Columbus, Ohio (Nexstar) – As Halloween approaches, state attorneys general are in attendance across the country Warning parents to check cannabis candy It does not end up in the hands of children.
Tuesday’s press releases were similar and appeared to be part of a coordinated effort to warn about unregulated and illegal marijuana snacks and sweets made to look like a real, sober brand.
“The levels of THC in these counterfeit products may have some real and devastating consequences for children,” Ohio Attorney General Dave Yost said in one release. “Parents should be extra careful, especially around Halloween, that these fakes don’t end up in treat bags.”
Two Ohio poison control centers reported a significant increase in children’s intake of such products in 2020:
- The Cincinnati Children’s Hospital Drug and Poison Information Center reported 79 cases of ingestion in 2020, up from 38 in 2019 — an increase of 108%.
- The National Children’s Hospital of Central Ohio’s Poison Center also recorded 79 consultations in 2020, but its calls are up from 16 in 2019 — a 394% increase.
“None of the depicted cannabis products are legally sold in Ohio. Sale of marijuana for certain medical reasons is legal for adults in the state. In those approved uses, one serving of an edible cannabis product contains 10 mg of THC and a multi-serve package must contain Less than 100 mg of total THC,” a release from the Yost Office. Some of the imitation sachets in the picture contain 600-1000 mg of THC. If a child were to eat an entire bag, they would consume 60-100 times the legal maximum intake of an adult.”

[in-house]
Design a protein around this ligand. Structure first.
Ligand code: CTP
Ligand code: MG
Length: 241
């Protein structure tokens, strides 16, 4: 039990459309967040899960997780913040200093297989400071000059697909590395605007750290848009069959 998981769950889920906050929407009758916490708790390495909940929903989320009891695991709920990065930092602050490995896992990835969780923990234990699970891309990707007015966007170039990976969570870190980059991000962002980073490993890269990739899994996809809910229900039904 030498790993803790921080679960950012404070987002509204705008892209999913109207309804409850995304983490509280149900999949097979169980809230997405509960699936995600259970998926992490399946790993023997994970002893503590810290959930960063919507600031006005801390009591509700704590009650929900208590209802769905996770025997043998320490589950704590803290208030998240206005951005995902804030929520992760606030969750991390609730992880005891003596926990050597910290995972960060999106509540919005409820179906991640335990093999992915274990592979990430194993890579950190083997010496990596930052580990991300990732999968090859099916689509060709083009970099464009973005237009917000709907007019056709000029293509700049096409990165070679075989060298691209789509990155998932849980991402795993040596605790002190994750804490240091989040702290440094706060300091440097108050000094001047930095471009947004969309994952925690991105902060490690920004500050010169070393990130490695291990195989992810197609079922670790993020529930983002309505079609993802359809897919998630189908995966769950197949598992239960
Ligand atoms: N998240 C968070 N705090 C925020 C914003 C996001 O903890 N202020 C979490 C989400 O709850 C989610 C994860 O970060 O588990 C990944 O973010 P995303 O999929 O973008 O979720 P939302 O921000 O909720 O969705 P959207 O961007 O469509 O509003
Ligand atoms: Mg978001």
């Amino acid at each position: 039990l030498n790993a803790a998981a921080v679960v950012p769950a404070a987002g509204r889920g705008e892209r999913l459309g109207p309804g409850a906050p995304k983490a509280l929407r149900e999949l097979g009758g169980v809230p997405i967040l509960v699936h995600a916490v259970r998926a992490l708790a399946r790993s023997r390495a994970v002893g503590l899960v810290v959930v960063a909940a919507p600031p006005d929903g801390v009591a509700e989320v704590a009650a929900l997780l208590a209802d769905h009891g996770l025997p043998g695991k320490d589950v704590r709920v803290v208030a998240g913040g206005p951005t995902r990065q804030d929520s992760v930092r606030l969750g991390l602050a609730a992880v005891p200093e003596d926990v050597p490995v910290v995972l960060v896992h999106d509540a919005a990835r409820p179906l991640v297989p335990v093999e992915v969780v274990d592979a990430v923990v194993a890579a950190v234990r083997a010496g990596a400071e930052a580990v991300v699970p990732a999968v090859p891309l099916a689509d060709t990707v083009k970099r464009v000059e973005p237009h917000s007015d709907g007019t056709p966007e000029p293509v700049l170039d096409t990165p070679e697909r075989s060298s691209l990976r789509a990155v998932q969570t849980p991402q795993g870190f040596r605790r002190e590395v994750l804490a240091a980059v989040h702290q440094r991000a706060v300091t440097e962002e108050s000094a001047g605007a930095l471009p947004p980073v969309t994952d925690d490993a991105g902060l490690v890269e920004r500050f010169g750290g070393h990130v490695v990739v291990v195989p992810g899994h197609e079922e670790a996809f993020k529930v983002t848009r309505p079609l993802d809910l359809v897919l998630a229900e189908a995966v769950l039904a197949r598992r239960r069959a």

In New York, Attorney General Letitia James issued a similar report Warning about marijuana Tuesday.
Illegal product packaging copies popular snack brands such as Oreos, Cheetos, Sour Patch Kids, and Doritos.
“These deceptive and unregulated cannabis products will only confuse and harm New Yorkers, which is why they have no place in our state,” James said. “It is imperative that we limit their access to protect our communities, and more specifically, our children. In light of the increase in accidental overdoses among children across the country, it is more imperative than ever that we do everything we can to curb this crisis and prevent any further harm, or Even worse death. My office is committed to preventing the sale of these products and protecting the welfare of all New Yorkers. I urge everyone to be vigilant about these products and to report these harmful items to my office immediately.”
Leslie Rutledge, an Arkansas attorney general, warned that fake pot candy can have 120 times the potency compared to an edible adult when eaten by a child.
“If anyone sells these products to the Staff, I will hold them accountable to the fullest extent permitted by law,” Routledge said. “If you see these similar products for sale, notify my office immediately.”
According to the Department of Homeland Security, the most common overdoses among children nationwide include eating edible hemp foods and overdoses continue to rise. In the first half of 2021 alone, the American Association of Poison Control Centers reported that hotlines received 2,622 calls for services related to the ingestion of cannabis products by young children.